About John Woods 299 Articles
John Woods is the founder of All Things Dogs, member of the Association of Professional Dog Trainers, graduate in Animal Behavior & Welfare and recognized author by the Dog Writers Association of America.


  1. I have read several articles on socialization. More words are used on conditioning dogs to situations when interacting with humans, rather than socializing with other dogs. Pure positive training methods also lack the preferred type of correction used on dogs that don’t listen, dogs that are reactive towards other dogs.

    I feel that it is an unreasonable expectation to raise a completely non reactive dog, what do you think?

  2. My shelter borador not only has severe separation anxiety, but is so territorial and protective over me that she snaps and lunges at strangers who enter our home. She especially does not like men, it took her a few weeks to adjust to my husband (but after he died she went into super protection mode).This is a problem because I have various health care people in and out. How can I stop her aggressive behavior?

    • Hi Cathy, thanks for your question. Unfortunately, with the amount of people coming in and out of your home, we would advise you seek professional help. We are assuming the health care professionals are a necessary part of your life? Which means you are unable to remove the triggers for your Borador. A big part of working with complex dogs is to first remove the triggers that cause the negative emotional state and slowly work on counter-conditioning. Depending on where you live, these are grounds enough to get law enforcement involved. Please seek the advice of a local force-free behaviourist so they can assess your dog fully and help you figure out the next steps.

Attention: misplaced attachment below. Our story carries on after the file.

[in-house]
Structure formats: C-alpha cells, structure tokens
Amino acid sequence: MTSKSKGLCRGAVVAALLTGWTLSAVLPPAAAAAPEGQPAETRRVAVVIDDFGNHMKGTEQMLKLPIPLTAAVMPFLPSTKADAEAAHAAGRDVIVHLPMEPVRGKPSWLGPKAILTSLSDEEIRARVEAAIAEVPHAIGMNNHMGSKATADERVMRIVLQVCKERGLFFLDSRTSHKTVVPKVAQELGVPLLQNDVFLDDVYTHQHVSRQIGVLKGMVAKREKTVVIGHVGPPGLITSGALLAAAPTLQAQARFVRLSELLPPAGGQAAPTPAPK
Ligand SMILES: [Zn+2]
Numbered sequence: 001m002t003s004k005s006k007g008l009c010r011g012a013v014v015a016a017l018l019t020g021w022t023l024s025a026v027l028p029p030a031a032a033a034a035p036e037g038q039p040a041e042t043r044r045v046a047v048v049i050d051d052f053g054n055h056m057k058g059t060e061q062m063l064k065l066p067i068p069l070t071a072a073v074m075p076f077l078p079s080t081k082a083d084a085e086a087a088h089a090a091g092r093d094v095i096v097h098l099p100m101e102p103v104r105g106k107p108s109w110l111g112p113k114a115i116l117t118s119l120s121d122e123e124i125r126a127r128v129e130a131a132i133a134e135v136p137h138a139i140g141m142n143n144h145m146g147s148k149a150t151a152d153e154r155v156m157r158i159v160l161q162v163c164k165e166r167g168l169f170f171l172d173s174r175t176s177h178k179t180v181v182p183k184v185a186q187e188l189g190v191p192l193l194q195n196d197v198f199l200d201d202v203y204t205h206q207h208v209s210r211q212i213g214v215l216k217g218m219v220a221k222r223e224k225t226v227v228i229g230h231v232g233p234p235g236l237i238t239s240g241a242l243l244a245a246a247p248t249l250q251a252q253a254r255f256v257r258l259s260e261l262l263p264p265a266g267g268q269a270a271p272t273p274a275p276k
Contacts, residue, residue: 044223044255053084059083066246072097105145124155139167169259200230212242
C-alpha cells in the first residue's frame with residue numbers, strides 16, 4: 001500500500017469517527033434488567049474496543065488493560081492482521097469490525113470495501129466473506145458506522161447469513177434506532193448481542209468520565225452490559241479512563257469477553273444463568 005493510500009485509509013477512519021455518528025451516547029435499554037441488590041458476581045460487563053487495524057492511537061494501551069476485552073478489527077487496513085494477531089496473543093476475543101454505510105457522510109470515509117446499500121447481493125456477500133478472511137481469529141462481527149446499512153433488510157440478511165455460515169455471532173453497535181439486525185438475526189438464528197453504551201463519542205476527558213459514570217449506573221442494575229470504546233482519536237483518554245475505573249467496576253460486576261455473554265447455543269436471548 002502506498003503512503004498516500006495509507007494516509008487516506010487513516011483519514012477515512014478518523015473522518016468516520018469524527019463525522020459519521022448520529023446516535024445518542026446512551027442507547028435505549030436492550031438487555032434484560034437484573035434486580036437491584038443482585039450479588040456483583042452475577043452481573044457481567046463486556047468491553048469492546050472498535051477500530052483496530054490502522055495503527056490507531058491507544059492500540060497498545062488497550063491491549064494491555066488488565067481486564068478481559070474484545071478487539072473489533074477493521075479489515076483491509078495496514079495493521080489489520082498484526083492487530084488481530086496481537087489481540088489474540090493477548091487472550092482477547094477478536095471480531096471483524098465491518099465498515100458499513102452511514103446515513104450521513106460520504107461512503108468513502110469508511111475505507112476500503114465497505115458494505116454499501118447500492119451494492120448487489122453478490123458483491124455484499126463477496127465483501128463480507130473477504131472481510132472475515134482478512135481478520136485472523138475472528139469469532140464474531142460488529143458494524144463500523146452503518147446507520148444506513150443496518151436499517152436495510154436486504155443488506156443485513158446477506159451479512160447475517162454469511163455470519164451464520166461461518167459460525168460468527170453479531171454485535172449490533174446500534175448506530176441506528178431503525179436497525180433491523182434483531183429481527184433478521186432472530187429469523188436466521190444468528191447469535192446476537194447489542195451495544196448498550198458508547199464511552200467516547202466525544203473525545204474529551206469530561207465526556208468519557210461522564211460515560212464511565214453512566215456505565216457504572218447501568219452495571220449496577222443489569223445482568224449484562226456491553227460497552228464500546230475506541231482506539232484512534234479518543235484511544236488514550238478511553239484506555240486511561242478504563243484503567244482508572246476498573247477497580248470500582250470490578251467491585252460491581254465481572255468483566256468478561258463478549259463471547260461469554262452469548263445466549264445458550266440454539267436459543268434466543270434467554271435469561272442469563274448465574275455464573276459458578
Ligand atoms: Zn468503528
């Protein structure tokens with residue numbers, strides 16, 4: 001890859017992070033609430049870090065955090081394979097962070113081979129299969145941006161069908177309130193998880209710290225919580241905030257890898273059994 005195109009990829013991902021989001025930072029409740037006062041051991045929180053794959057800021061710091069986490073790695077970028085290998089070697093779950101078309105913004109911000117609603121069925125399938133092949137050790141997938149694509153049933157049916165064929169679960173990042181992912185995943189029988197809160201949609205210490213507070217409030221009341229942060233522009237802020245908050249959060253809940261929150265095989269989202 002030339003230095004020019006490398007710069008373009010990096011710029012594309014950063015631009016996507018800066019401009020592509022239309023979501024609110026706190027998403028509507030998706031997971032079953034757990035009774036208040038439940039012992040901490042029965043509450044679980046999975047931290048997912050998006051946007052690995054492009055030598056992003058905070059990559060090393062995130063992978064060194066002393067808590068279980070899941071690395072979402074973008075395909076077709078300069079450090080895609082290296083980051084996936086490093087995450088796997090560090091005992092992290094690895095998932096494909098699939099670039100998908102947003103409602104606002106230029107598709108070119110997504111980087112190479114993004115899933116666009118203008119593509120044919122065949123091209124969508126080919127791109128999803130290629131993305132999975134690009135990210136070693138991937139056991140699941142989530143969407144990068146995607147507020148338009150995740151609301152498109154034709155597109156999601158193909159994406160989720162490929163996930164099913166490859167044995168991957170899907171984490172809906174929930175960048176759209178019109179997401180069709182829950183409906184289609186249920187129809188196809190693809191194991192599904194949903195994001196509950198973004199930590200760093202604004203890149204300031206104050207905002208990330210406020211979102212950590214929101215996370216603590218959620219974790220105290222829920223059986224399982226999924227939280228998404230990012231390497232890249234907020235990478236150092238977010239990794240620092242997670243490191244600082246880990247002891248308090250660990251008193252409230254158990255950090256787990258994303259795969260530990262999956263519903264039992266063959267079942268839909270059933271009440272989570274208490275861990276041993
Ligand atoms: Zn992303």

3. Getting a puppy during covid 19. I am concerned about socializing. We can do noise, wear different cloths… but not people and animals. Not can we take her to malls, outdoor events ect. Will she be okay?

    • Getting a puppy is a challenging time even in the absence of COVID-19. You really can only do your best. Work through our socialization tips as best you can and try to expose your puppy to experiences whenever you are able to head out for your exercise. You Tube has a great selection of filmed dog walks which may be helpful exposing the puppy to new places, likewise they have a range of videos of different noises etc. If possible, videocall friends and family so your puppy can be exposed to new voices and sounds from their homes. If you know anyone with kids, videocall them too as it’s great to have exposure to a range of ages. Just try your best, your puppy will be fine.

  4. My 6 month old puppy constantly chases my older cats – how do I get her to leave them alone and just co-exist? I use the ‘leave it’ command, spray water, distraction, and nothing works for long. At night, everyone cuddles up to me just fine – cats on one side and puppy on the other! But during the daylight, they are fighting each other terribly. Would love some suggestions or just continue with what I am doing and she will just grow out of it?